Europe, and the World, Need Merkel in Office
A woman of indomitable spirit and Europe’s most consistently stable leader, Angela Merkel was recently named ‘the world’s most powerful woman’ for the eleventh time in twelve years by Forbes Magazine.
Germany’s economy is one of the strongest in the world. Its successes include record low unemployment (5.6 percent), a favorable trade balance in the US$ 250 billion range and a federal budget surplus today of a record 18.3 billion euros ($21.6 billion) for the first half of 2017. The world needs Merkel’s economic skills and self-discipline as German chancellor in the immediate years ahead. Her steady hand on the tiller and Germany’s strong economy have both been stabilizing agents since 2005.
If Merkel should ever lose power, a leadership vacuum in Europe will arise, according to Alexandra Borchardt, journalist for Süddeutsche Zeitung: “Merkel is very pragmatic, … exactly what’s needed in a union with so many countries with diverging interests. She can make things work for a continent facing crucial questions.”
There has been in recent years an unraveling of the liberal democratic post-second world war consensus into conflict and authoritarianism. Democracy and social harmony as defended by Merkel need to thrive again in 2018 across the world, including Europe. David Leonhardt of the New York Times terms what is occurring as “creeping authoritarianism.” It is Angela Merkel who can best confront this trend in Germany and across Europe.
An uneasy Europe would benefit from her continued leadership and refusal to kowtow to autocrats such as Vladimir Putin and Recep Tayyip Erdoğan.
In her new book, “Red Famine: Stalin’s War on Ukraine,” historian Anne Applebaum has underlined how the genocidal murder of millions of Ukrainians in the 1930s is now affecting Ukraine. She also warns about an “anti-pluralist and anti-democratic mood” in some European countries. Who can better oppose such social influences than Angela Merkel?
Although pessimists warn that her popularity has waned, thereby signifying the beginning of “Merkeldaemmerung,” translated as the “Merkel twilight,” the pastor’s daughter, after three terms in office, is undeterred.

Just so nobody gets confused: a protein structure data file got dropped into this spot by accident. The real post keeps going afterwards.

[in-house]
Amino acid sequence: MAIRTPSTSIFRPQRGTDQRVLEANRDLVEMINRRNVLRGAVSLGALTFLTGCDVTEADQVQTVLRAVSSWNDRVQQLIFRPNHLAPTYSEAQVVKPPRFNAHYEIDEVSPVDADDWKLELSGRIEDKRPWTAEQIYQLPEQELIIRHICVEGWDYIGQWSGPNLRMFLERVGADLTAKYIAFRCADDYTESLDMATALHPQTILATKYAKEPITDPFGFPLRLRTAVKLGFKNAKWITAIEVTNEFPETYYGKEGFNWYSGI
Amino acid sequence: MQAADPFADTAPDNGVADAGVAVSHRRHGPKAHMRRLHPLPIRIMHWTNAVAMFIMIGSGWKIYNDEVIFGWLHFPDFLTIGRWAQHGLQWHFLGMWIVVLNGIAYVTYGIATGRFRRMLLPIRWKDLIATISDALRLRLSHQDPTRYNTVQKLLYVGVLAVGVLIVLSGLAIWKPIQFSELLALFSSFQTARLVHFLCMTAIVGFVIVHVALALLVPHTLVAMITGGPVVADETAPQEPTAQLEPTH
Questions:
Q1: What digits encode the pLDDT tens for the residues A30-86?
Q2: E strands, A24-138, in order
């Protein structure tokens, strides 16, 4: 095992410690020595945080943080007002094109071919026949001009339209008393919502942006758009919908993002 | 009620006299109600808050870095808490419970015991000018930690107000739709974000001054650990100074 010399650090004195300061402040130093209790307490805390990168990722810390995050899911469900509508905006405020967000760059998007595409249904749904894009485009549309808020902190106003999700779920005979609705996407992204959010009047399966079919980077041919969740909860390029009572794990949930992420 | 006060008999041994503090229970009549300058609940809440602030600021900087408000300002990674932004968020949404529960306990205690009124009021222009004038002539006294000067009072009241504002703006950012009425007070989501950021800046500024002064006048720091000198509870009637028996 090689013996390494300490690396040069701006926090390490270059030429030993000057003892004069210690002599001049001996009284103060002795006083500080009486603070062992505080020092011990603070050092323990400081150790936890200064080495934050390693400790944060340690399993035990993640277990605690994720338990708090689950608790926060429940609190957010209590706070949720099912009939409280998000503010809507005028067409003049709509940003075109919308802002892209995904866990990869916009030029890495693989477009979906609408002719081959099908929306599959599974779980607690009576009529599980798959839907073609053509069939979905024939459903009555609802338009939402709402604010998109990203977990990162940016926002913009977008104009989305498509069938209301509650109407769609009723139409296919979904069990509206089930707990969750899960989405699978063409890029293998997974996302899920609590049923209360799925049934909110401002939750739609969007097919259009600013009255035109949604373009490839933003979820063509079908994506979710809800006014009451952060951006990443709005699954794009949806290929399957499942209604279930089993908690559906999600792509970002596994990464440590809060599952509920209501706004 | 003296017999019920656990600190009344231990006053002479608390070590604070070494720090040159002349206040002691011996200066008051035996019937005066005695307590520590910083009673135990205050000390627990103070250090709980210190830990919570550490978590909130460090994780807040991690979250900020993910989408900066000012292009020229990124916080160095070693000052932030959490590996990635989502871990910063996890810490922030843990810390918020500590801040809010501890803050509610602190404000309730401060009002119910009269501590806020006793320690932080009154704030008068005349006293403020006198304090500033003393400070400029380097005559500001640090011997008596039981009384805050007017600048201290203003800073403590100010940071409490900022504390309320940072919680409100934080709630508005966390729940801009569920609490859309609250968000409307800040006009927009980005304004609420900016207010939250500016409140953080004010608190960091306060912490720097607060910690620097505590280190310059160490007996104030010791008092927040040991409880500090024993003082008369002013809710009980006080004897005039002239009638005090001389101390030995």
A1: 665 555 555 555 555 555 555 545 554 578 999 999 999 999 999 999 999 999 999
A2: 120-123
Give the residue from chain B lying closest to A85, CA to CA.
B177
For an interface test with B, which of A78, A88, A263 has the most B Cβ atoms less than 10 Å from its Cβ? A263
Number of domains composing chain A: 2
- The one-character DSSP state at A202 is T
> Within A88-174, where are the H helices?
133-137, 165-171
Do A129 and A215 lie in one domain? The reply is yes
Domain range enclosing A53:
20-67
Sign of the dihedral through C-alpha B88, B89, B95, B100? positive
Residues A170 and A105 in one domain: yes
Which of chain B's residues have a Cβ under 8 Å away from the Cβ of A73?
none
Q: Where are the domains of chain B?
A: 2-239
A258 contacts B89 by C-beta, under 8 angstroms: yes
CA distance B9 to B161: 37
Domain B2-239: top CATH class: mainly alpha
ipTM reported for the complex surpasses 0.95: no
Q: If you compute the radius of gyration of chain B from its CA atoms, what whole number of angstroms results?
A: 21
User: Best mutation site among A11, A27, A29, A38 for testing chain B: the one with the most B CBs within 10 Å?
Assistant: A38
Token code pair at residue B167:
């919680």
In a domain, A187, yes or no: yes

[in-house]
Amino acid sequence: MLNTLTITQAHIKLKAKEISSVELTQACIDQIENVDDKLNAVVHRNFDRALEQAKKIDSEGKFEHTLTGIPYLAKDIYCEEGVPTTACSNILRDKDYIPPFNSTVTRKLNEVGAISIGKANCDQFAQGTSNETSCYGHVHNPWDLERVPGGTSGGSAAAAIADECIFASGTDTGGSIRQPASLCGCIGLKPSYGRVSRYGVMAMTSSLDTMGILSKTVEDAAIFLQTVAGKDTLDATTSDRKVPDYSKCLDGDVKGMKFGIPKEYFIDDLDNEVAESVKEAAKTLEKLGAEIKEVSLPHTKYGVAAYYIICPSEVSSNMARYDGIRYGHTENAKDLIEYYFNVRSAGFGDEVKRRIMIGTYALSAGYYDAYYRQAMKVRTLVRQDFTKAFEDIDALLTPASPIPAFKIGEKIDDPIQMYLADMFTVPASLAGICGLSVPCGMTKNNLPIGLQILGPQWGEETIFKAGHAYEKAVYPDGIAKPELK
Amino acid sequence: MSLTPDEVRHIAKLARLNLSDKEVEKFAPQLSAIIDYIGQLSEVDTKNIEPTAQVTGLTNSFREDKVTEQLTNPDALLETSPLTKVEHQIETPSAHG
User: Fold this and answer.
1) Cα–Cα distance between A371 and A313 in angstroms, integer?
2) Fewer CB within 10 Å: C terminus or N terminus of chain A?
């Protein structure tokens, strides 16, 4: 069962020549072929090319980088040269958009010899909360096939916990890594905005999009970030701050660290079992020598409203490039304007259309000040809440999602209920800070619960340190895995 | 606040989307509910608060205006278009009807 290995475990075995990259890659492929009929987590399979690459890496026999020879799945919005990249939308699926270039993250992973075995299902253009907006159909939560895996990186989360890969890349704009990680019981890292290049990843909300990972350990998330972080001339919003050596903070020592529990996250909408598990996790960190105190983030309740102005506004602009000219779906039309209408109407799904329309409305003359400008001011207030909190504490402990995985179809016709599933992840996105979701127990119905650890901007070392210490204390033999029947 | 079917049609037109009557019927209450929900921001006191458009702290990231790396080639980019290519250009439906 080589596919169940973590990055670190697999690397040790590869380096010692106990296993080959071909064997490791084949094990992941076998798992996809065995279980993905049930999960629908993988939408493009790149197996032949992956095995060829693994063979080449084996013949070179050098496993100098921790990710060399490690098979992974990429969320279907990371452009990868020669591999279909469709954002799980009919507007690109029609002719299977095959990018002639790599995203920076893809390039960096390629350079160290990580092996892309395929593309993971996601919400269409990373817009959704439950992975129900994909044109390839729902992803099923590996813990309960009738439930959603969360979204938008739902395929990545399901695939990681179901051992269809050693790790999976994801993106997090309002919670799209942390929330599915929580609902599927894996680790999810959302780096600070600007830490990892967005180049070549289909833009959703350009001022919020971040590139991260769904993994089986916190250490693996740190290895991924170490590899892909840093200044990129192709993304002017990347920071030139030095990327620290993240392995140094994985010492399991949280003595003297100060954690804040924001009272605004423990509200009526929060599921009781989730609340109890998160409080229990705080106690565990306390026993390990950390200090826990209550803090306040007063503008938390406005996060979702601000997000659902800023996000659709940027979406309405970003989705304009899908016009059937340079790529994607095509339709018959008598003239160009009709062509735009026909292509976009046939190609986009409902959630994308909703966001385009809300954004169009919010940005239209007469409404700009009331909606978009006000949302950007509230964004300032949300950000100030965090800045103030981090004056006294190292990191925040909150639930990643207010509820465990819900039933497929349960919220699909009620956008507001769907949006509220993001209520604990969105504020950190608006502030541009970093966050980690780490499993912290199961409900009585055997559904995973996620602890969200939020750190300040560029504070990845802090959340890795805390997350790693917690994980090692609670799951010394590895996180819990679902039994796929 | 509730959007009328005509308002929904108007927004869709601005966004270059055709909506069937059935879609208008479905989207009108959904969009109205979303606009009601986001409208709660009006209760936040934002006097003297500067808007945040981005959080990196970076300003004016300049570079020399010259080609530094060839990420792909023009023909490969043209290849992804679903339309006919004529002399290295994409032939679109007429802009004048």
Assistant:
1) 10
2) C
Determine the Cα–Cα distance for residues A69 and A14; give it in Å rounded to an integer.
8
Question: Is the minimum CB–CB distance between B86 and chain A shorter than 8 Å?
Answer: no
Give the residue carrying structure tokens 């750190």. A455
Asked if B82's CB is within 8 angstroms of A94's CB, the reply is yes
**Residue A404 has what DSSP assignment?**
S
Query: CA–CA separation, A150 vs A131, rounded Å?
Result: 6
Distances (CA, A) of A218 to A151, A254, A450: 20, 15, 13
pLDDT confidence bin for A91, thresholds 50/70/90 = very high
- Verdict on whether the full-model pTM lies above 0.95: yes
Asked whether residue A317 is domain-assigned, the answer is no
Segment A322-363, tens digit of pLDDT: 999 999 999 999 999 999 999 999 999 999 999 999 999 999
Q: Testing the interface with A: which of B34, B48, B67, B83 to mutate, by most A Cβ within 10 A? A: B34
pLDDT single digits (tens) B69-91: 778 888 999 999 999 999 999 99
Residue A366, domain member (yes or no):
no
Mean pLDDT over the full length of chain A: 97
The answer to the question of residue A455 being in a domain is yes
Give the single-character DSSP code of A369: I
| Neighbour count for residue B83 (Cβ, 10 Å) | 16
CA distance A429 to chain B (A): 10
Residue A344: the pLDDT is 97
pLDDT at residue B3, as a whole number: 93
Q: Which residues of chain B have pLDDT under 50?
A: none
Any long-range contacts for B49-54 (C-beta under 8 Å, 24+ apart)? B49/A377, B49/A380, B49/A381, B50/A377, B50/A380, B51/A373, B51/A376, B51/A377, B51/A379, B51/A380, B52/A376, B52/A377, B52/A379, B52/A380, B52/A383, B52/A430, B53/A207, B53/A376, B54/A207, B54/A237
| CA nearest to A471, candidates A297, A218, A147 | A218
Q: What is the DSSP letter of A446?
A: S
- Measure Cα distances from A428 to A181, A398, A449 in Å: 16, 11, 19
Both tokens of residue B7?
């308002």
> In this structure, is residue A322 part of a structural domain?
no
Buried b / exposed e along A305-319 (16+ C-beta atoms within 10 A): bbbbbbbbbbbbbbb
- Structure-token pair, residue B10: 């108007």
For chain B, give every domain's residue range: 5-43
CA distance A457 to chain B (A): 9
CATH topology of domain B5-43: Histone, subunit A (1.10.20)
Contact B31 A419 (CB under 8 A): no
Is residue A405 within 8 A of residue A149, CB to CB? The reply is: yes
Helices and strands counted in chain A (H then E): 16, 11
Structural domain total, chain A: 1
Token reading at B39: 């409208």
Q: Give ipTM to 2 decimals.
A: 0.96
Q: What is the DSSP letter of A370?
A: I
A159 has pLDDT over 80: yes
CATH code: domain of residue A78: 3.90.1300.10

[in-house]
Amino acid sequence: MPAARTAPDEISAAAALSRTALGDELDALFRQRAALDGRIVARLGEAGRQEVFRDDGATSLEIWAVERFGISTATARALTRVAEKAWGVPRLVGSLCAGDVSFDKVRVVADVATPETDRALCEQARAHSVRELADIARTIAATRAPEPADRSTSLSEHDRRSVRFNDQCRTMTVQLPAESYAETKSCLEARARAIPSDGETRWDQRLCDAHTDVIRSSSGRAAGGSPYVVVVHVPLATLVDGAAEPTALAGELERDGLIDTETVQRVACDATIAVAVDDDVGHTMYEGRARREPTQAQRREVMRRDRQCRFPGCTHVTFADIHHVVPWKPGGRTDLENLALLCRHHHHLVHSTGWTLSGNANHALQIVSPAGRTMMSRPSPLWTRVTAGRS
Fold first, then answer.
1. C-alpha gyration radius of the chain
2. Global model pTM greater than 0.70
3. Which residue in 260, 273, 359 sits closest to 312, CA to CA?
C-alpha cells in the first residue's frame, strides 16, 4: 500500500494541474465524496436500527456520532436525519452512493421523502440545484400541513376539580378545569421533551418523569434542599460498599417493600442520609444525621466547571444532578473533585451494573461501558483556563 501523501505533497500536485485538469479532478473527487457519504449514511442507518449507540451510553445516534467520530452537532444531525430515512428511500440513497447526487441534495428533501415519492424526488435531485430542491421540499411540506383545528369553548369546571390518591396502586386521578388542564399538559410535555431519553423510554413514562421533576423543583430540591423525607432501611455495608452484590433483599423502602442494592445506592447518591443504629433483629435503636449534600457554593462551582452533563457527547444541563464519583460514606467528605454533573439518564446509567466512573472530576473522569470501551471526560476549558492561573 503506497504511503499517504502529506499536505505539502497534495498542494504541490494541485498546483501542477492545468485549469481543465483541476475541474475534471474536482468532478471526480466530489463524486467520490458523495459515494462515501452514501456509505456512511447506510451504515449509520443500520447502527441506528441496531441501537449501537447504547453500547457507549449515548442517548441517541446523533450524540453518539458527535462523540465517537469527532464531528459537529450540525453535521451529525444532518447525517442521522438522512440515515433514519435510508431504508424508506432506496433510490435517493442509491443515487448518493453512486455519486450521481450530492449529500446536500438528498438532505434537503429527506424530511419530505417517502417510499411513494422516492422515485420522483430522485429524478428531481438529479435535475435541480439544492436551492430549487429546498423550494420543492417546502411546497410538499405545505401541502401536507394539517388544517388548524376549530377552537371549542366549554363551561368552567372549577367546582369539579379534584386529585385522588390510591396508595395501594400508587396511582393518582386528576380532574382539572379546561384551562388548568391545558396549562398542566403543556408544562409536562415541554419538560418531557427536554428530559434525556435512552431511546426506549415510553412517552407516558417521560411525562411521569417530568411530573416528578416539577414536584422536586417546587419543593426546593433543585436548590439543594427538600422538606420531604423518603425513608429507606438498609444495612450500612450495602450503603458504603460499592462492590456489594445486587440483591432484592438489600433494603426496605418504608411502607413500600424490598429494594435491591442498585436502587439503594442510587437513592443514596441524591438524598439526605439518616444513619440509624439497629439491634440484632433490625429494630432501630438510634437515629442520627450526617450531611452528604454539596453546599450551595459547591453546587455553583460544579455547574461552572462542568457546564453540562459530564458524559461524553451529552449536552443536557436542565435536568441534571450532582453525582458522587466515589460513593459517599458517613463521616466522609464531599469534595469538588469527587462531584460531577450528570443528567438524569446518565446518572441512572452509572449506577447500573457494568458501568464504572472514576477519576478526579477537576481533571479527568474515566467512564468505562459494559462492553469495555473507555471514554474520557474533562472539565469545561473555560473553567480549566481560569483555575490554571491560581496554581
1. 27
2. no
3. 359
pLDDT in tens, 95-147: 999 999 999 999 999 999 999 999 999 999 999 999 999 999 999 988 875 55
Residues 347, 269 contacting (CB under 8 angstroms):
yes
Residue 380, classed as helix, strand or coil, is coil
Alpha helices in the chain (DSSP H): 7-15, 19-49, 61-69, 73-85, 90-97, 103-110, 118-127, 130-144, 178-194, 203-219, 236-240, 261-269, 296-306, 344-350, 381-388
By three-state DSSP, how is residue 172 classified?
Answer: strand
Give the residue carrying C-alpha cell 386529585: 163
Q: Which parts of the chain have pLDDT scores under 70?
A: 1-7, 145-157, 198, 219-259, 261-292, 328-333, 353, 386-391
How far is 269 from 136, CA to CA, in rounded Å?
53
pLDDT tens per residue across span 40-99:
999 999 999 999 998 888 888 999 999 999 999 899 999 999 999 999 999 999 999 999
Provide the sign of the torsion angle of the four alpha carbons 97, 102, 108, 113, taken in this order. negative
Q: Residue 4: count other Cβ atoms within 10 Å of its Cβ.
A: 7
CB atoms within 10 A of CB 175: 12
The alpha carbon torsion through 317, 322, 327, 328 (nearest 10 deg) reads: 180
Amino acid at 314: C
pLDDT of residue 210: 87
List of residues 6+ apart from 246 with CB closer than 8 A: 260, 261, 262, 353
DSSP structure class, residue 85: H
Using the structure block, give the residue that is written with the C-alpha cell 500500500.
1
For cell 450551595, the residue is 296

Financial Times journalist Guy Chazan emphasizes that she is “still…a rock of stability…a bastion of liberal values in a turbulent, Trumpian world. She steered Europe through the euro crisis and has presided over a long boom at home, cementing Germany’s reputation as the continent’s powerhouse.”
Last May, following President Trump’s first visit as president to Europe, Merkel noted that the continent would have to become more self-reliant. Another European view is that the trans-Atlantic relationship will be quickly restored after Trump. Merkel is needed to argue this issue.
The current delay in forming a government in Berlin is a problem for Germans, the EU and democratic world in general, partly because Angela Merkel is an acknowledged advocate for democratic principles, such as fair and free elections and the rule of law.
To govern, Merkel needs to form a new “grand coalition” (GroKo) with the center-left Social Democrats (SPD) as it has done from 2005-2009 and again from 2013-2017. She stresses that Germany needs a stable government – a majority coalition rather than a minority government.
On January 7th, her CDU/CSU bloc and the SPD started exploratory talks on forming a new government aiming to decide whether or not to enter full coalition talks by January 12th. After twenty-three hours of negotiations, they came to an agreement, the terms of which the SPD Congress will have to approve on Jan. 21 in Bonn. Some 600 SPD delegates will vote on whether or not to proceed to full negotiations.
If Merkel’s bloc is unable to form a “grand coalition” with the SPD, German President Frank-Walter Steinmeier could still nominate her to serve a fourth term as chancellor. The nomination would then be put to vote, which could result in her leading a minority government—something new for Germany.
Or—Steinmeier could call a new election—an almost unprecedented move. A multi-tiered process, it could drag out into spring and might help the far-right Alternative for Deutschland (AfD) to make gains. Paul Mason from the Guardian suggests, “The only thing that’s going to [stop]… the AfD is an alternative for the people, for internationalism, for the active embrace of multicultural values and refugee support—and for social justice.”
Although neither a minority government nor new elections would be desirable, neither would result in a constitutional crisis. Merkel’s acting government has carried on day-to-day business in Europe’s biggest economy for four months.
Merkel has wryly observed, “I don’t think I’m exaggerating when I say the world is waiting for us to be able to act.”
The world is indeed waiting for this remarkable leader to be able to act, and all those who cherish democracy and social harmony are rooting wholeheartedly for her.
David Kilgour, a lawyer by profession, served in Canada’s House of Commons for almost 27 years. In Jean Chretien’s Cabinet, he was secretary of state (Africa and Latin America) and secretary of state (Asia-Pacific). He is the author of several books and co-author with David Matas of “Bloody Harvest: The Killing of Falun Gong for Their Organs.”